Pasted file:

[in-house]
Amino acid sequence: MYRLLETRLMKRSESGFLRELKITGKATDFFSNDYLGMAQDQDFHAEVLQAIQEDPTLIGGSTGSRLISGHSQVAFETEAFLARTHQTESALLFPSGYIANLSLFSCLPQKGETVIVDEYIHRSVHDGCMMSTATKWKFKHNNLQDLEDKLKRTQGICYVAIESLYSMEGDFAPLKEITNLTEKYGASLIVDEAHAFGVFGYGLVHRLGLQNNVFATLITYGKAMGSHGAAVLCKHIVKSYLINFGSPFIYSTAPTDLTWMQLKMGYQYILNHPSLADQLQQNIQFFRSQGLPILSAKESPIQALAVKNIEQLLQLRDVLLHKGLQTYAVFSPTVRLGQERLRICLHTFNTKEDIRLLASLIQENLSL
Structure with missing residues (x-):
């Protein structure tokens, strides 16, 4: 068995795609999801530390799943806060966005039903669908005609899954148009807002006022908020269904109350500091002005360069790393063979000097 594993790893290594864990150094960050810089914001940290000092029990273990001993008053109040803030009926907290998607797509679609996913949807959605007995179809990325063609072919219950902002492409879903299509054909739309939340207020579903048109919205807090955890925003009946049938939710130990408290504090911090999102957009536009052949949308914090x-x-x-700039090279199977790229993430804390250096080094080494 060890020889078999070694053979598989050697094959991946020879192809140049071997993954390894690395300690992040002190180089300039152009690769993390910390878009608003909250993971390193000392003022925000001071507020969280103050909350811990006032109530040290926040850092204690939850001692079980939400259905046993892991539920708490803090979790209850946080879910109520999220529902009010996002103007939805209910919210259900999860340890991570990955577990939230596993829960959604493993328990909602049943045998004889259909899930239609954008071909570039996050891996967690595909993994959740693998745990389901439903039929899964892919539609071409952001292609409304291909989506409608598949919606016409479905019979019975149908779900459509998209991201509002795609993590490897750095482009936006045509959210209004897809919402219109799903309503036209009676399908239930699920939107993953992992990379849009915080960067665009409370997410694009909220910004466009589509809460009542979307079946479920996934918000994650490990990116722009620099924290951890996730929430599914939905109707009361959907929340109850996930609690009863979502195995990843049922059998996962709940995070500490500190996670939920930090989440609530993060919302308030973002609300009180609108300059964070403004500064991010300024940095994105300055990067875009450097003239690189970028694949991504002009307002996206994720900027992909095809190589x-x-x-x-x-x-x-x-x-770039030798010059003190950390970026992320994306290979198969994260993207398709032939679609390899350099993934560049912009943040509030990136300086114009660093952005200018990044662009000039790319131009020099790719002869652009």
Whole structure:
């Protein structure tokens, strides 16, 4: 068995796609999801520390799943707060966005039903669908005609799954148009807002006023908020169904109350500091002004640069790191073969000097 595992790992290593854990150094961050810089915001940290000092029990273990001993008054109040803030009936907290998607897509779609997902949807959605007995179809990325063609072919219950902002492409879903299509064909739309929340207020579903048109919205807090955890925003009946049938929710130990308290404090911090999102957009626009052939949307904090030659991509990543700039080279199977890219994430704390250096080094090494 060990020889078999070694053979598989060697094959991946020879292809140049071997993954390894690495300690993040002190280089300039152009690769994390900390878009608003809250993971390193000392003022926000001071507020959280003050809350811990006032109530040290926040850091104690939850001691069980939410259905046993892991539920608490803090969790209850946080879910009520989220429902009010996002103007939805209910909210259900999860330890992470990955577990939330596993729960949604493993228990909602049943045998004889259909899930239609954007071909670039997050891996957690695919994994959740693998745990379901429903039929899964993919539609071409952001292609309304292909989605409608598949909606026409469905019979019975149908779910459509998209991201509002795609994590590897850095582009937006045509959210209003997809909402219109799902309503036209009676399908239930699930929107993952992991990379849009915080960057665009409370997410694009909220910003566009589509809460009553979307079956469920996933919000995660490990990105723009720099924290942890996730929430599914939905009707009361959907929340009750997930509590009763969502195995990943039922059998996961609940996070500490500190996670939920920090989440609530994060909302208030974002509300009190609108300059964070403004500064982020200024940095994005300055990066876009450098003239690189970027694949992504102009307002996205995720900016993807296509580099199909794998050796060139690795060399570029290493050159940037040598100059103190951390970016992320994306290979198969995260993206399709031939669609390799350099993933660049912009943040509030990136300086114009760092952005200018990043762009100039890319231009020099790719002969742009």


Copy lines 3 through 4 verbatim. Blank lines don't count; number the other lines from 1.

Structure with missing residues (x-):
């Protein structure tokens, strides 16, 4: 068995795609999801530390799943806060966005039903669908005609899954148009807002006022908020269904109350500091002005360069790393063979000097 594993790893290594864990150094960050810089914001940290000092029990273990001993008053109040803030009926907290998607797509679609996913949807959605007995179809990325063609072919219950902002492409879903299509054909739309939340207020579903048109919205807090955890925003009946049938939710130990408290504090911090999102957009536009052949949308914090x-x-x-700039090279199977790229993430804390250096080094080494 060890020889078999070694053979598989050697094959991946020879192809140049071997993954390894690395300690992040002190180089300039152009690769993390910390878009608003909250993971390193000392003022925000001071507020969280103050909350811990006032109530040290926040850092204690939850001692079980939400259905046993892991539920708490803090979790209850946080879910109520999220529902009010996002103007939805209910919210259900999860340890991570990955577990939230596993829960959604493993328990909602049943045998004889259909899930239609954008071909570039996050891996967690595909993994959740693998745990389901439903039929899964892919539609071409952001292609409304291909989506409608598949919606016409479905019979019975149908779900459509998209991201509002795609993590490897750095482009936006045509959210209004897809919402219109799903309503036209009676399908239930699920939107993953992992990379849009915080960067665009409370997410694009909220910004466009589509809460009542979307079946479920996934918000994650490990990116722009620099924290951890996730929430599914939905109707009361959907929340109850996930609690009863979502195995990843049922059998996962709940995070500490500190996670939920930090989440609530993060919302308030973002609300009180609108300059964070403004500064991010300024940095994105300055990067875009450097003239690189970028694949991504002009307002996206994720900027992909095809190589x-x-x-x-x-x-x-x-x-770039030798010059003190950390970026992320994306290979198969994260993207398709032939679609390899350099993934560049912009943040509030990136300086114009660093952005200018990044662009000039790319131009020099790719002869652009």